The remarkable thing is that more often than not the companies themselves come forward to report and self-disclose to the government these allegations of bribery on the advice of their private sector counsel who were only months earlier federal government FCPA prosecutors. It is an unusual and not a widely known fact that government decisions to prosecute a company for foreign bribery are made centrally at the DOJ’s headquarters in Washington DC, and not by federal prosecutors across the nation, as would any other criminal prosecution. Accordingly, Koehler has chronicled the rise of what he calls FCPA Inc., the growing revolving door between government FCPA prosecutors who press these cases against international companies, and the big Washington law firms who advise the companies under scrutiny, who are staffed by former government FCPA prosecutors.

In this new FCPA era of mutually beneficial disclosure and prosecution, investigation and settlement, and many billable legal hours, everyone stands to benefit except the accused. Koehler puts the costs of an FCPA allegation of foreign bribery against an international company into three buckets: pre-enforcement, settlement and post-enforcement. Wal-Mart, a company much in the news lately for its alleged bribery of government officials in Mexico, has reported $660 million as its anticipated costs of internal investigations. And there is no indictment or settlement yet. That is equal to $1.1 million a day so far. Siemens, who was rightly punished for its bribery, paid $800 million dollars to settle its case with the DOJ. Post-enforcement compliance measures for Siemens are thought to be in the hundreds of millions of dollars. It is very expensive to be accused of violating the FCPA. From another point of view, it keeps FCPA Inc. fully employed.

All in all, Koehler makes a good case for law reform, for amending the FCPA to right the wrong which now allows the government to be prosecutor, judge and jury all at the same time; and to bring back the rule of law in this important area. The FCPA was enacted in 1977, and amended in 1988 and 1998. There has been nothing sacred about its text. Koehler argues ineluctably that it should be a complete legal defense to prosecution for an alleged violation of the FCPA for a company to prove it had effective and adequate procedures, meaning policies, training and the right corporate culture to prevent bribery. There is nothing that will prevent a rogue employee in a far away country from doing something wrong. There should be something to prevent a company from being in the dock for a rogue employee if it took every precaution and step to prevent it.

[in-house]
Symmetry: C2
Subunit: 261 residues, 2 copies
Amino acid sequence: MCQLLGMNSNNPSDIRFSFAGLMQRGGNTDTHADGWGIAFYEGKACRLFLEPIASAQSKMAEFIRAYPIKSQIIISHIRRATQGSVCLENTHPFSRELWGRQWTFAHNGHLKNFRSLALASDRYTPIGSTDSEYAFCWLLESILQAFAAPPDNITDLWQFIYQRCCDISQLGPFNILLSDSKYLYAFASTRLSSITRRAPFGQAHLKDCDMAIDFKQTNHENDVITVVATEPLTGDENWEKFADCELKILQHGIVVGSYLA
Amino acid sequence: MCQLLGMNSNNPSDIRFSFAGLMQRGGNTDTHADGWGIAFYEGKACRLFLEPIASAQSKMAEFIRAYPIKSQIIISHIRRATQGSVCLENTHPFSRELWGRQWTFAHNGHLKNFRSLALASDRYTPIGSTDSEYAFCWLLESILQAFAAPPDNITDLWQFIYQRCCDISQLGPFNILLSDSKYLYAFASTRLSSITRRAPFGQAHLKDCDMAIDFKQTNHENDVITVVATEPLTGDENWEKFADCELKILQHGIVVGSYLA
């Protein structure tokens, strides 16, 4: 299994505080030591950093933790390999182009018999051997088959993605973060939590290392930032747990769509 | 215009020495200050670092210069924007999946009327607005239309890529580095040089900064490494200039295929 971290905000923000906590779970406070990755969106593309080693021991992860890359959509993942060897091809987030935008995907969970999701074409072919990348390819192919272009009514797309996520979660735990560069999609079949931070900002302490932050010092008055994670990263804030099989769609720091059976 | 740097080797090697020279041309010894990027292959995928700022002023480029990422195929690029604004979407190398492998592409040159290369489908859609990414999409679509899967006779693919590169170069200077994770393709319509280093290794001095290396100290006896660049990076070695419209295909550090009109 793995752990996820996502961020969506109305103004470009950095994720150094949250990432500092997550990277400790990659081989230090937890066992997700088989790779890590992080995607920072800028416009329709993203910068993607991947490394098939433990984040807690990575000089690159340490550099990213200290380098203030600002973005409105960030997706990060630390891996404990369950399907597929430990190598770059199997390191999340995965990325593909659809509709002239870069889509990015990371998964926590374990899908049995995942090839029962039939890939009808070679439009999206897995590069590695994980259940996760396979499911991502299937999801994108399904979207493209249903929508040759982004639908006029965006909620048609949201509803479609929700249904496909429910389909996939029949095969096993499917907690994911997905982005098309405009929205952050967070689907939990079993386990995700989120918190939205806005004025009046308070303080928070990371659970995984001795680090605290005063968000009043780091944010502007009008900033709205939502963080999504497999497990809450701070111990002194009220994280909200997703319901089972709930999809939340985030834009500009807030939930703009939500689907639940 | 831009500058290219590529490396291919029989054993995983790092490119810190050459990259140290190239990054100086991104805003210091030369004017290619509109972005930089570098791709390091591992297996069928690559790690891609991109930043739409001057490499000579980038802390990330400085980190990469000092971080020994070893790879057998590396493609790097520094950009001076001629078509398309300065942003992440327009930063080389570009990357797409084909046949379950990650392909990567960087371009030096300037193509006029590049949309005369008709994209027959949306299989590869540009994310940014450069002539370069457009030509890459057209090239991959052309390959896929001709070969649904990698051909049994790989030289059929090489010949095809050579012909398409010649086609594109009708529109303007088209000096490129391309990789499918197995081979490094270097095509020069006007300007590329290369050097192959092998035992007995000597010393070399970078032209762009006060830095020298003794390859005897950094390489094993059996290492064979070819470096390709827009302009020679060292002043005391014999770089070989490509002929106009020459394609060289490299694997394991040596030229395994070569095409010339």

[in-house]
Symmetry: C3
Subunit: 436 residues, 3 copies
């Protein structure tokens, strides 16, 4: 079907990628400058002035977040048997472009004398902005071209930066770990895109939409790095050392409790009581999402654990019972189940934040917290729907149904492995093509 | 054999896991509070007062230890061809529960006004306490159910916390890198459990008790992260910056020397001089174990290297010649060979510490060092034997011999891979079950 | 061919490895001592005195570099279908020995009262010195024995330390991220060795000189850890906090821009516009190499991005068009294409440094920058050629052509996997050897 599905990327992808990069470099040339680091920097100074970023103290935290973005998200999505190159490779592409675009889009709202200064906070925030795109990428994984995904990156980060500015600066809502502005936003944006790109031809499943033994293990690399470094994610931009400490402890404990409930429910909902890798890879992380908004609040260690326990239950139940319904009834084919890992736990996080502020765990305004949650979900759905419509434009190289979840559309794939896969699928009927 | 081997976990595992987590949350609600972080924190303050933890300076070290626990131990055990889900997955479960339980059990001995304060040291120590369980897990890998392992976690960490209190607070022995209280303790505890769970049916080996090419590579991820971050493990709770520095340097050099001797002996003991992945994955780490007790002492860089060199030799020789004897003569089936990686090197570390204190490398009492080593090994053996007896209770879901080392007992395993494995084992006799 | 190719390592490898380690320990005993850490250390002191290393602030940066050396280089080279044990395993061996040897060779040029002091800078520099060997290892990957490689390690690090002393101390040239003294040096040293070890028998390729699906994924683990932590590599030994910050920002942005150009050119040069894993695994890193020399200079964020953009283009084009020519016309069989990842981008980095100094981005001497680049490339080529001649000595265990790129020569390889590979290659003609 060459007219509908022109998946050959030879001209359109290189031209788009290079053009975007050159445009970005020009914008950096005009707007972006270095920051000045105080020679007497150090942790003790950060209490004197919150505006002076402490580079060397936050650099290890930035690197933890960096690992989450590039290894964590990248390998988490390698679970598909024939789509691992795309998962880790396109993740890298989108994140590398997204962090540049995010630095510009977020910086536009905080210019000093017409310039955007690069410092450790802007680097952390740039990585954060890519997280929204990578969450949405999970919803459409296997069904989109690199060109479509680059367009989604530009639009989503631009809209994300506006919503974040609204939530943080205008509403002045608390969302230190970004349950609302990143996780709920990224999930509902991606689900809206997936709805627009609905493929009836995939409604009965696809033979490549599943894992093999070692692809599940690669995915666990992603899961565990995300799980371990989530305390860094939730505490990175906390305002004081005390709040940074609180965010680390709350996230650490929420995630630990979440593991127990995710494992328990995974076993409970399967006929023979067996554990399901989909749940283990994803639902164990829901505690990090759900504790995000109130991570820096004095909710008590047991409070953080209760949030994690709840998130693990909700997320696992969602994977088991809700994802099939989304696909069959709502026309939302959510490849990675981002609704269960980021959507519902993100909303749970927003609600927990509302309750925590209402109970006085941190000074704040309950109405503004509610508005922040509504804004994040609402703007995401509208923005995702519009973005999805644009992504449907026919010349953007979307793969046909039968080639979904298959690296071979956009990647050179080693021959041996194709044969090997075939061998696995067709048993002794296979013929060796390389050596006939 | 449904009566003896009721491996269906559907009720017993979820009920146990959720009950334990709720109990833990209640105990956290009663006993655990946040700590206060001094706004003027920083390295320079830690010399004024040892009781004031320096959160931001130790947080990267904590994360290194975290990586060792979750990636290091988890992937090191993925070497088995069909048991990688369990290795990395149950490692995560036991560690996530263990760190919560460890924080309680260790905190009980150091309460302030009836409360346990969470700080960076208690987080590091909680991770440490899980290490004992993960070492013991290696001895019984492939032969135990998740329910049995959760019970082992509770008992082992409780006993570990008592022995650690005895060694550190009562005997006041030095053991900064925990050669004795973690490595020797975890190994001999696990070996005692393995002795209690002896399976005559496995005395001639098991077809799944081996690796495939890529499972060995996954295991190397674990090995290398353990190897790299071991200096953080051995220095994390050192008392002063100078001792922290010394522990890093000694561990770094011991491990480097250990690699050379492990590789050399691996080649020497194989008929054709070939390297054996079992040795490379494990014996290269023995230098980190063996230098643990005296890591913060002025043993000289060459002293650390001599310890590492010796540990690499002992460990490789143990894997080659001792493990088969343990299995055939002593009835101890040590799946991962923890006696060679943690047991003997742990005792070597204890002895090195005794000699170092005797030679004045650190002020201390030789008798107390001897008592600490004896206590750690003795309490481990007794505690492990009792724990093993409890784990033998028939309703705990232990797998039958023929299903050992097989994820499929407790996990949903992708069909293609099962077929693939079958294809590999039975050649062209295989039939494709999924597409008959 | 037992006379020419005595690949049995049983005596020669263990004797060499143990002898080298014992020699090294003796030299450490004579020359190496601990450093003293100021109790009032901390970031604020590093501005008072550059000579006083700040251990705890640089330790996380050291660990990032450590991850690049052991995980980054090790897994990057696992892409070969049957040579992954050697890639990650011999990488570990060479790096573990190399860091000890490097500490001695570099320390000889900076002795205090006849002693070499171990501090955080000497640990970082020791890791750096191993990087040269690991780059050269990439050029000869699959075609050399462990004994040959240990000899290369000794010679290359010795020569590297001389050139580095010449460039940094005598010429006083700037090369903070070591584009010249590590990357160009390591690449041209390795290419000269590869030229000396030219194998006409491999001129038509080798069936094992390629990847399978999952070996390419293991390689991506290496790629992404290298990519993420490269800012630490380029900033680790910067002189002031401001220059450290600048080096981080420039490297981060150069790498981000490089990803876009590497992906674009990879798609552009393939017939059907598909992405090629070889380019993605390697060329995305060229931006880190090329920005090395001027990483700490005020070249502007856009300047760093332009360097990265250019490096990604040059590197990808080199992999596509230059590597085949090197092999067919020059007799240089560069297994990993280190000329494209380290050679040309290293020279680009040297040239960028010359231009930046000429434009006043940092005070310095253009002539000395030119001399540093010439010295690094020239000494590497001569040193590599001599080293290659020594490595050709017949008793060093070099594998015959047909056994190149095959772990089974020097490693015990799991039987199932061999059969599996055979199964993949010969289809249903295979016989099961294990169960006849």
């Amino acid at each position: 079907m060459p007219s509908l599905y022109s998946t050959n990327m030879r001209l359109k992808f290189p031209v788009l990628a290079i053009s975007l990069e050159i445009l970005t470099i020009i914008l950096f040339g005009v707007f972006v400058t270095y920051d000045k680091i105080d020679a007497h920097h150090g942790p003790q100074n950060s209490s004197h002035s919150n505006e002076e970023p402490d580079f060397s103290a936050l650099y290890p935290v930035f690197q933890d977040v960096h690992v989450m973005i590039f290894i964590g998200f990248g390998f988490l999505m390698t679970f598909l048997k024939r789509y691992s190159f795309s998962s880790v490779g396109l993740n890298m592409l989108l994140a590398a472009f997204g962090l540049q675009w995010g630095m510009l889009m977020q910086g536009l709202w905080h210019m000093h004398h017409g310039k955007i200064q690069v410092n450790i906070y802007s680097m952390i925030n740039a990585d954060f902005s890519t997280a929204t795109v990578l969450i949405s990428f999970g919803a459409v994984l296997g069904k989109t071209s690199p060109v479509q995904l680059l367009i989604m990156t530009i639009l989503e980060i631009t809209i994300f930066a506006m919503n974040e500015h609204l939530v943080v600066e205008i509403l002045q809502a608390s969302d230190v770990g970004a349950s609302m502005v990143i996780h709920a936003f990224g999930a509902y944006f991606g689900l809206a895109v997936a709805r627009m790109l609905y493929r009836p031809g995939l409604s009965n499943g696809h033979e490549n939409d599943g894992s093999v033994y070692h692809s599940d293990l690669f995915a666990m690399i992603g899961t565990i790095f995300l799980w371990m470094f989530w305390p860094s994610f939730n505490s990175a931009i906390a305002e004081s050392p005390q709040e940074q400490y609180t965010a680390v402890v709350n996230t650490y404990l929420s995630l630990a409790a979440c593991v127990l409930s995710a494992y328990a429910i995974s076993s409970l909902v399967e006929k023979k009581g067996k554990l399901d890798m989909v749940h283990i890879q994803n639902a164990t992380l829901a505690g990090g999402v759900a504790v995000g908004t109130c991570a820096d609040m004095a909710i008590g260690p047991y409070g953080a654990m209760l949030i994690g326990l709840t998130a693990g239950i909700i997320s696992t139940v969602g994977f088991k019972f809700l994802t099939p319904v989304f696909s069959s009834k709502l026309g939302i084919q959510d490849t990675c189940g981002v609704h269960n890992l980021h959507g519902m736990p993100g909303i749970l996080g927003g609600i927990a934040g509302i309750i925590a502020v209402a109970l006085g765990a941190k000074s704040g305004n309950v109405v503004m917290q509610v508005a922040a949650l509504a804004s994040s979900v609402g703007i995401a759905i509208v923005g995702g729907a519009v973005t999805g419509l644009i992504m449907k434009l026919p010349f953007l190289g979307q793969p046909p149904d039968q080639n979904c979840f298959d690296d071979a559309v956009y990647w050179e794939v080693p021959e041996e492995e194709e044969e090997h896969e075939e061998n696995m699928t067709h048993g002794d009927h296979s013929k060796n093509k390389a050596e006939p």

This so-called “compliance defense” is not unusual and it exists under most foreign statutes that proscribe bribery of government officials. If it is not your fault, you should not be made to pay for it. Koehler also argues for an end to DPAs and NPAs that place too much power in government hands to bludgeon companies into either settling for big dollars or face indeterminate costs. Most notably, Koehler offers the not entirely irrational proposal to require former government FCPA prosecutors to recuse themselves from cases involving the FCPA for five years after they leave the DOJ or SEC.

Reform of the criminal law in England was a step forward in jurisprudence. The abolition of hanging for theft was an inevitable legal reform because juries stopped convicting. We have a much worse need for reform now in the case of the FCPA. The jury does not even get a chance to convict.